Uber Sued After Man Allegedly Used Its Service To Cheat On His Wife

Apparently, there was a time when if you logged in to Uber’s app once on an iPhone, the device would keep receiving notifications from the app even after you logged out. This caused a problem for a man whose wife filed for divorce after she learned from those notifications that he was having an affair… and allegedly using Uber’s ride-sharing services to go see his mistress.

Taxi Uber Lyft

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Uber notified wife of husband’s affair

According to French-language website Le Figaro, a French businessman is demanding €45 million from the company. The lawsuit states that he had logged onto Uber on his wife’s phone one time and then logged out. However, the app kept sending her notifications about his travel history. Those notifications caused her to become suspicious, and she filed for divorce. That divorce has since been granted.

The BBC reports that the man’s lawyer said he wishes to remain anonymous and wouldn’t comment on the report that he was seeking €45 million from Uber. The lawyer also said he was the victim of a “bug” in an al that “has caused him problems in his private life.”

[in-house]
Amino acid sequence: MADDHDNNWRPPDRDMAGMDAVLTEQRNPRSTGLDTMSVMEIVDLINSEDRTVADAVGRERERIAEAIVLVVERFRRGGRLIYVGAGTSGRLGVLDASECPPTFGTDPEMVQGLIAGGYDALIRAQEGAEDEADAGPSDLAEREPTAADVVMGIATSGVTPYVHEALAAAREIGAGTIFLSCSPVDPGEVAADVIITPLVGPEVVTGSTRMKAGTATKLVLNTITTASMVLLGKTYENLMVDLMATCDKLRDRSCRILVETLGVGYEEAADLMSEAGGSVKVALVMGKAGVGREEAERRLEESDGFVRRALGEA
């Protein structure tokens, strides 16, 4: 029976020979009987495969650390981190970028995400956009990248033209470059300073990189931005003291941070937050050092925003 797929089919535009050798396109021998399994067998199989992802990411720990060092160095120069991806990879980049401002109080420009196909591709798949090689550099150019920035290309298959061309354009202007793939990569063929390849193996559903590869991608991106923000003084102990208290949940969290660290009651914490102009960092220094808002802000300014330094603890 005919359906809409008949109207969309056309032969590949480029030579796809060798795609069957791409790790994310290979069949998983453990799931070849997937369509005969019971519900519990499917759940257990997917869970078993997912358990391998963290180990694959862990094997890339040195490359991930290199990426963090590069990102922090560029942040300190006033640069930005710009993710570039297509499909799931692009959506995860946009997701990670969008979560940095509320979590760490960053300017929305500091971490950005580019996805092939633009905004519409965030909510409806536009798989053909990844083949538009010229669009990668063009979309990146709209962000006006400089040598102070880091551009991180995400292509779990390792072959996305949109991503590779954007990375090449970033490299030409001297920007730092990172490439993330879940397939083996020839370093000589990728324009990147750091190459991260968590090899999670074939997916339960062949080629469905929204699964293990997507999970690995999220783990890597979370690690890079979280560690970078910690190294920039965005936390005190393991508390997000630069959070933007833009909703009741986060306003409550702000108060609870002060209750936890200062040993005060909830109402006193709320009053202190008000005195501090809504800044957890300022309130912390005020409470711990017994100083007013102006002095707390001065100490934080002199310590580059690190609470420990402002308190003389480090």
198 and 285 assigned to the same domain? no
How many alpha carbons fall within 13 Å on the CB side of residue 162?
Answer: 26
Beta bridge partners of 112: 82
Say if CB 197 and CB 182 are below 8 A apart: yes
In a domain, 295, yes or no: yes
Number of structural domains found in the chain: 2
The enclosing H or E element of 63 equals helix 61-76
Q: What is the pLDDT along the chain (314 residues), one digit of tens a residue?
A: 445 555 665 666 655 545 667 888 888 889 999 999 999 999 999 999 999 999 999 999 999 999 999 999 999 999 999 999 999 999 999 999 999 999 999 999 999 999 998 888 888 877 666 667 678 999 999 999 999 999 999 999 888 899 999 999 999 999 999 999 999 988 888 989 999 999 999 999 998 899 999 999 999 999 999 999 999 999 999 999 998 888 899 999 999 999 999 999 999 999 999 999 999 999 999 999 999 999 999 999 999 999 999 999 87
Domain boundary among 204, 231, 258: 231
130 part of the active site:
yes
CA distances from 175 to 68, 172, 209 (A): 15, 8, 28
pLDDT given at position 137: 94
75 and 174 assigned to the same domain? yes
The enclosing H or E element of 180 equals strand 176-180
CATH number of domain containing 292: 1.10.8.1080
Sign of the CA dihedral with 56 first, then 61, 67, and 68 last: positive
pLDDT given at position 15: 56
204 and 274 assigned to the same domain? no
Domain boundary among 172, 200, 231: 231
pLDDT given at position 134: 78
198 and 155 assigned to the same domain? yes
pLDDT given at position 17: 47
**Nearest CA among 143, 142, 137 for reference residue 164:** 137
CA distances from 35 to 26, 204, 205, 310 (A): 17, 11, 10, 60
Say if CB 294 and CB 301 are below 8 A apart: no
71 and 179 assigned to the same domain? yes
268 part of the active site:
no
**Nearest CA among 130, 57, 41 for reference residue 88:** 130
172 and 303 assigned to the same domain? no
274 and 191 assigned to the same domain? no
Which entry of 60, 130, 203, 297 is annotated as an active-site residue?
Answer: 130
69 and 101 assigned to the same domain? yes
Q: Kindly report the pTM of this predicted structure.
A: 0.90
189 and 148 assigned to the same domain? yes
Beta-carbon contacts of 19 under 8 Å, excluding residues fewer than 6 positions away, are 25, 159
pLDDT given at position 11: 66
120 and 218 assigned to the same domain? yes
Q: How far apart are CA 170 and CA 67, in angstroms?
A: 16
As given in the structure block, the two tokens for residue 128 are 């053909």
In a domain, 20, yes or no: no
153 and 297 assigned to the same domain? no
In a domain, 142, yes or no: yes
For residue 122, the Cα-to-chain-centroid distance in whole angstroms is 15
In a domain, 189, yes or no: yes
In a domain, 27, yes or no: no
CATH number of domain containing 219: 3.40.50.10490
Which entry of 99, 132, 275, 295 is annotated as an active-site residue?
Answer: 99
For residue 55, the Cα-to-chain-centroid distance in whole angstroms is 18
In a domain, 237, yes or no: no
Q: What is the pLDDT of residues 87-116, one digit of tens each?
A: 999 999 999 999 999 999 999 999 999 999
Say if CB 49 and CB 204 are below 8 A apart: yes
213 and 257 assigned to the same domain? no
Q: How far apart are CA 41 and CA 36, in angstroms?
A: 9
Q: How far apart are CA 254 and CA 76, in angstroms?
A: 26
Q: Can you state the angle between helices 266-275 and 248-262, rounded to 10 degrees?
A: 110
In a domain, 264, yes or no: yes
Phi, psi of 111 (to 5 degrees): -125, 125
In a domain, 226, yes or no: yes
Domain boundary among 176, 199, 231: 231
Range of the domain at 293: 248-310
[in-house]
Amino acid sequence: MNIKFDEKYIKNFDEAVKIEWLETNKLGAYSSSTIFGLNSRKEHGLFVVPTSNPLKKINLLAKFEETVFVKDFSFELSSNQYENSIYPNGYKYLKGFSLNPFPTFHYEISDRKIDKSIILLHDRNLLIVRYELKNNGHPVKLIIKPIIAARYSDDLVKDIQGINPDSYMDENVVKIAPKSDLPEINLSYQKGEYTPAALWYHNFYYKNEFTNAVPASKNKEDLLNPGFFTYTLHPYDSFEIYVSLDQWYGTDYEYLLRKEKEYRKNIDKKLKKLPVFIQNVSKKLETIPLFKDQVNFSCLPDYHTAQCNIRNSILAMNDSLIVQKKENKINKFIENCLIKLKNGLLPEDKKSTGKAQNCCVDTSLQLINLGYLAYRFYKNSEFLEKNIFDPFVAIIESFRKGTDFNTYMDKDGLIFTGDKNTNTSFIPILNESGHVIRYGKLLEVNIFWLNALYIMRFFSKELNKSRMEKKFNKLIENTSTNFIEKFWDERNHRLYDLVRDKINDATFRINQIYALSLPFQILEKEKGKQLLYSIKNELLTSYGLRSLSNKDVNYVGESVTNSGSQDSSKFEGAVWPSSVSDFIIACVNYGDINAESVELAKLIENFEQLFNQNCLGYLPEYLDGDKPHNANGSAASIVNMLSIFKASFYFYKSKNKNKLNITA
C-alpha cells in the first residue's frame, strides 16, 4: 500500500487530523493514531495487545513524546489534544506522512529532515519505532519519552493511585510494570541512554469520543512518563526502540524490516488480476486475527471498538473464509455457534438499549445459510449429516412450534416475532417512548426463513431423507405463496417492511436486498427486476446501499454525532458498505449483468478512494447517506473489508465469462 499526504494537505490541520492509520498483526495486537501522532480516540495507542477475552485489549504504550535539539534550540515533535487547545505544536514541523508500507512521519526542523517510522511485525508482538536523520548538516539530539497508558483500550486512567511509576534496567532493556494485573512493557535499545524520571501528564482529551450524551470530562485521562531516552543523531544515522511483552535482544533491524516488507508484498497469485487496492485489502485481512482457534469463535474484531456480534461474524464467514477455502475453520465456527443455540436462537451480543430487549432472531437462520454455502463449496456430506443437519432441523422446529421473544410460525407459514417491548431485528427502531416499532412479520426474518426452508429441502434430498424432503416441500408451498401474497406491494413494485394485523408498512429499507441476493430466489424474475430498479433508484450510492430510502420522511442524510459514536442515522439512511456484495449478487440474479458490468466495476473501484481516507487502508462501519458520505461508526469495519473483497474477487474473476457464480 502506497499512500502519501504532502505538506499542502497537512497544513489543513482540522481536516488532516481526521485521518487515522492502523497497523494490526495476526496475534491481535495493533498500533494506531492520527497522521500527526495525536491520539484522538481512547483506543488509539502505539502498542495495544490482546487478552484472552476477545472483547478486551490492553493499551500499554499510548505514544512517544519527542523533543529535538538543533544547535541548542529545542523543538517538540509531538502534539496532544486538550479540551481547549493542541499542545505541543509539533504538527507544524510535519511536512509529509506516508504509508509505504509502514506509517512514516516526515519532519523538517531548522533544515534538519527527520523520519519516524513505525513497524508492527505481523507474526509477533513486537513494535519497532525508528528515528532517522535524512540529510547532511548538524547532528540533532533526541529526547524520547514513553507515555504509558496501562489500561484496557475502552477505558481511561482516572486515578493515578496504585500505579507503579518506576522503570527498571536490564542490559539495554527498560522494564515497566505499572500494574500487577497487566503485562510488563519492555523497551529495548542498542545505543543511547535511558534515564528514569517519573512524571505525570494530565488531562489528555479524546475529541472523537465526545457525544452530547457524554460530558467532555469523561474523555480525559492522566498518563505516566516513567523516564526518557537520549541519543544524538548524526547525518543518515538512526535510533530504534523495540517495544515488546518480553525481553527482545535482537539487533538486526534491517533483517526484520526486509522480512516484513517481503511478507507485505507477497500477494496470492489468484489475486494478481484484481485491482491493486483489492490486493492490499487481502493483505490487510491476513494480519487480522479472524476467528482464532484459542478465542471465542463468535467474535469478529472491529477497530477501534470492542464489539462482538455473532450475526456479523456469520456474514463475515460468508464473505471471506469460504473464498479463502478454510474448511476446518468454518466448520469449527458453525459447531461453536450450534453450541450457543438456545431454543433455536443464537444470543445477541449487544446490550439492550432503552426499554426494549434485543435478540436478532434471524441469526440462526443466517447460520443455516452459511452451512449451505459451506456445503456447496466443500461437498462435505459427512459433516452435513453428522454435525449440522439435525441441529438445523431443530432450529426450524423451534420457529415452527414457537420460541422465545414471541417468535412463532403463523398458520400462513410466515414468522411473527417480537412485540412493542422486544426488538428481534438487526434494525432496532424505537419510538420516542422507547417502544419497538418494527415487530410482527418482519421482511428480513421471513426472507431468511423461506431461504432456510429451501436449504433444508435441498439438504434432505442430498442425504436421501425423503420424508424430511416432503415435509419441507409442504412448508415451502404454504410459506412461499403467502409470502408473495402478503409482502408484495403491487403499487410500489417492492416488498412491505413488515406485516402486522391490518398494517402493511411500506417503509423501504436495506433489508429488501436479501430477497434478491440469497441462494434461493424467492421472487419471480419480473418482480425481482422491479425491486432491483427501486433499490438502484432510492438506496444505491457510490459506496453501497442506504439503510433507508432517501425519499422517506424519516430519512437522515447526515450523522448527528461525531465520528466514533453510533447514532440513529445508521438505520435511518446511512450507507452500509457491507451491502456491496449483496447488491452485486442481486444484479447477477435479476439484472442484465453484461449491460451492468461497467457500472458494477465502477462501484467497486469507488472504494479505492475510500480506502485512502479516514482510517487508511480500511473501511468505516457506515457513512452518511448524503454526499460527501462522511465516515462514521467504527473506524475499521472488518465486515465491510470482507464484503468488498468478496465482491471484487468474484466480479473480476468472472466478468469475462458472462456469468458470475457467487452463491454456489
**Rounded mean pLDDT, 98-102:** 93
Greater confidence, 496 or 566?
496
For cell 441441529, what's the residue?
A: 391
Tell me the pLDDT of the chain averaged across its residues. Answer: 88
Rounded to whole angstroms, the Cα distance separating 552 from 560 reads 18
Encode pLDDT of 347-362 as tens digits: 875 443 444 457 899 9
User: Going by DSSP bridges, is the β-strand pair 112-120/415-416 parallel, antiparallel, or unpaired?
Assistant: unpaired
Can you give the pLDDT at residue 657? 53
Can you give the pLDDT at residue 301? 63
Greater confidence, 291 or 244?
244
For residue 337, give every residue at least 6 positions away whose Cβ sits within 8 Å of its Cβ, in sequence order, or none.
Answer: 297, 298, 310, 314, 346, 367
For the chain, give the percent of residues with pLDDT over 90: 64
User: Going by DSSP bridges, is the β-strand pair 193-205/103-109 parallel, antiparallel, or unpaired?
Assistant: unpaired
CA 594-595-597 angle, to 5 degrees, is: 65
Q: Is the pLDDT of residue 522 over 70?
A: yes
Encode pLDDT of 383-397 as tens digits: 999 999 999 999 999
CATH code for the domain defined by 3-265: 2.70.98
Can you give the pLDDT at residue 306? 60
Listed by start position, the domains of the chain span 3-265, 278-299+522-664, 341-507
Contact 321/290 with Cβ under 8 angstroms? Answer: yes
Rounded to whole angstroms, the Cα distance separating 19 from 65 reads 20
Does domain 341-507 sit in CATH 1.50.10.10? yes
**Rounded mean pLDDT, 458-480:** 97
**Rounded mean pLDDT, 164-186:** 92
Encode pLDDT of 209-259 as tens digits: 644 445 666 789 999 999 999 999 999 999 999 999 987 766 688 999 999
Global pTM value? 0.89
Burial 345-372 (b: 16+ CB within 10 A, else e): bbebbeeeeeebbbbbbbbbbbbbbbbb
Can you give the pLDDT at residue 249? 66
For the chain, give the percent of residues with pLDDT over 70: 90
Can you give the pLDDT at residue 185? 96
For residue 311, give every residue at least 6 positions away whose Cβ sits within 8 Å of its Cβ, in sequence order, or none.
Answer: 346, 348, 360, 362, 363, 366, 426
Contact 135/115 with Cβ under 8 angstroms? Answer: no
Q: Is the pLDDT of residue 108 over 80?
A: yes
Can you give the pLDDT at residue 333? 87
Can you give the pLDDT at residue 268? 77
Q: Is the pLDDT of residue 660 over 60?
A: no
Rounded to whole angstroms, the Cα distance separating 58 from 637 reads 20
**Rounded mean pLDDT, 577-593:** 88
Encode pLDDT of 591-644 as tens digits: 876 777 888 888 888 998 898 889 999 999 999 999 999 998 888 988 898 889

Le Figaro reported that other users of the app also encountered the bug, which reportedly was patched via a software update in December. It only affected iPhones, while Android phones were apparently unaffected by the bug.

Uber also facing other lawsuits

Uber certainly hasn’t had it easy. The ride-sharing company agreed to pay $20 million to settle a lawsuit filed by the Federal Trad Commission last month. The agency accused the company of making false promises about how much people can earn using their cars and about the financing costs associated with a car. The case dealt with statements the ride-sharing firm made between late 2013 and 2015 when it was trying to add more drivers to stay ahead of Lyft.

Uber has also been in trouble at various times in different locales. In December 2014, 45 taxi companies sued it, alleging unethical and unfair competition. There’s been much debate about whether the company is a taxi firm and should hold the same licenses and certifications as taxi companies. Pakistan banned both Uber and competitor Careem just last month, demanding that they take out certificates in order to keep operating there.

About the Author

Michelle Jones
Michelle Jones was a television news producer for eight years. She produced the morning news programs for the NBC affiliates in Evansville, Indiana and Huntsville, Alabama and spent a short time at the CBS affiliate in Huntsville. She has experience as a writer and public relations expert for a wide variety of businesses. Michelle has been with ValueWalk since 2012 and is now our editor-in-chief. Email her at Mjones@valuewalk.com.